App Stores on the New Frontier

By now you probably have read about the issues with the Google Android-based mobile device platform (see “Android exploit so dangerous, users warned to avoid phone’s web browser” by Andrew Nusca at ZDnet).

You may have also read a whle back about Apple’s response to the U.S. Copyright Office that unauthorized alterations of the iPhone and iPod touch are violations (see “Apple: iPhone jailbreaking violates our copyright” by Tom Krazit at Cnet).

What’s missing is the link between these stories. On the one hand (Google Android), applications can appear on the platform overnight without any rigorous oversight, and some could introduce vulnerabilities that could be exploited.

On the other hand (Apple iPhone and iPod touch), the practice of rigorous oversight is exactly what Apple is trying to defend. Jailbreaking opens the Apple platform potentially to all kinds of lawless activity, and Apple doesn’t want that.

Who does?

Apple has been criticized for kicking apps out of the App Store, and then (tentatively) bringing some of them back in when it looked like they wouldn’t be dangerous. I think it’s a wise policy. Apple also has a business to run, and a partner (AT&T) to work with. And guess what? So do other companies. Critics had pointed to Android as a free system, something that Apple should embrace, but just recently, Google also kicked apps out of its store — see Android tethering apps pulled from Market (Android Community). Google cited their distribution agreements with carriers as the prompt for removal.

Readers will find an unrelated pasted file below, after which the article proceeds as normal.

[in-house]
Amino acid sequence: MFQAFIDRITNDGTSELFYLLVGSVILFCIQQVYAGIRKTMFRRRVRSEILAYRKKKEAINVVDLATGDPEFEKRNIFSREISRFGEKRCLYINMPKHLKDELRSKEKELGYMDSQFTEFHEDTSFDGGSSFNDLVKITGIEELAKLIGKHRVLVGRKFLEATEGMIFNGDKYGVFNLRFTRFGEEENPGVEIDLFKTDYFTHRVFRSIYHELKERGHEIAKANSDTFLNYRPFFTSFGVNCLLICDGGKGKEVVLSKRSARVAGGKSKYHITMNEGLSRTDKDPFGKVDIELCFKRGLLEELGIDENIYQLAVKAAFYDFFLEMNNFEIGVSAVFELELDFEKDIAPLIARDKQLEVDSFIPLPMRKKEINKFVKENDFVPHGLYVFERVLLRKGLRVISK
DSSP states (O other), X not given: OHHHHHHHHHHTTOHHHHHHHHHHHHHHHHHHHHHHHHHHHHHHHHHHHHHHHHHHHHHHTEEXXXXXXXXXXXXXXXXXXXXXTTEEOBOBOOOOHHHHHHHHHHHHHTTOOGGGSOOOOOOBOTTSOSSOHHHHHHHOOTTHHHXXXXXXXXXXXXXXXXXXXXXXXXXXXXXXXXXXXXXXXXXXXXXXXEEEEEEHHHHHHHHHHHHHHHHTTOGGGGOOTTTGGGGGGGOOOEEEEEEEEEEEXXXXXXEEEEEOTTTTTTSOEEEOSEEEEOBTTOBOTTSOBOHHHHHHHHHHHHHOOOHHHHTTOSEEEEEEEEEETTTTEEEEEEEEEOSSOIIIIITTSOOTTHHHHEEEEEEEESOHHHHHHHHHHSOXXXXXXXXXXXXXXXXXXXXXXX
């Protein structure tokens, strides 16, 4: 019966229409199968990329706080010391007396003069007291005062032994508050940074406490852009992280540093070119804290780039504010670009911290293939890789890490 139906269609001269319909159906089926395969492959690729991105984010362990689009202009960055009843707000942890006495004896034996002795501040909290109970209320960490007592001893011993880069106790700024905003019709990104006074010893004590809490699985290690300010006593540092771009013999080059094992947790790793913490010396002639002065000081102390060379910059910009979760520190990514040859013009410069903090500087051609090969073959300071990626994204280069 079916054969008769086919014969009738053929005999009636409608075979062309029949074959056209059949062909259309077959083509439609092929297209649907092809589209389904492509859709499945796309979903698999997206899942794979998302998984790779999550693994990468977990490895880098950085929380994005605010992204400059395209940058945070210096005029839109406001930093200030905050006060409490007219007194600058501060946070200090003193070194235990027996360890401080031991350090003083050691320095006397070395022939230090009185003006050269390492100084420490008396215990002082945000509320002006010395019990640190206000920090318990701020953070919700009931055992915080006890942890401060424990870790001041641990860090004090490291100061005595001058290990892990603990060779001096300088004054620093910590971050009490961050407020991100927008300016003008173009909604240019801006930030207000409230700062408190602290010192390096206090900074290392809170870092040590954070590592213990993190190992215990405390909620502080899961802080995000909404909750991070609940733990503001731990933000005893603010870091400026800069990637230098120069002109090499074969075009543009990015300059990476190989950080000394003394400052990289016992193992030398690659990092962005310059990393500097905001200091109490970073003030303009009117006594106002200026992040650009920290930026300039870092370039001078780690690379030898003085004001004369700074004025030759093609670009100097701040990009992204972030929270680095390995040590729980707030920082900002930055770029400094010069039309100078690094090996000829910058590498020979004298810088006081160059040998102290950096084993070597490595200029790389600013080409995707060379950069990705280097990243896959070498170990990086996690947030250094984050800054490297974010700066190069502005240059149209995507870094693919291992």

It’s the same problem. Expect the new Blackberry App World to be similarly policed. The price of “freedom” (in this case, the ability to download very low cost apps to your phone, and the ability for developers to create them quickly and inexpensively) is constant vigilance.

This week’s interesting blips include:

Pirates Board Apple’s iPhone App Store (Gadget Lab from Wired.com). I’m angered by this, even though highly profitable developers dismiss it as a minor nuisance. Why target under-$5 apps? Do they have no ethics? They are not hurting Apple, only small developers. Shareware used to require a $5 or more donation.

RIM’s BlackBerry App Store Opens for Business
(InternetNews.com). You use PayPal to make purchases. We’re going to
see a lot more of these online app stores for different platforms.

Skype for iPhone: It’s official (CTIA show — CNET Reviews). I’m not really a user because I don’t invest much time changing my phone calling habits (I make calls rarely, mostly receive them and send email back). Also, Skype’s iPhone limits irk some consumer advocates (USATODAY.com)
What did these people expect? As AT&T pointed out, Skype “has no obligation to market AT&T services. Why should the reverse be true?” Well, AT&T, good luck holding back the hordes.



Apple iTunes

Share

Leave a Reply

Your email address will not be published.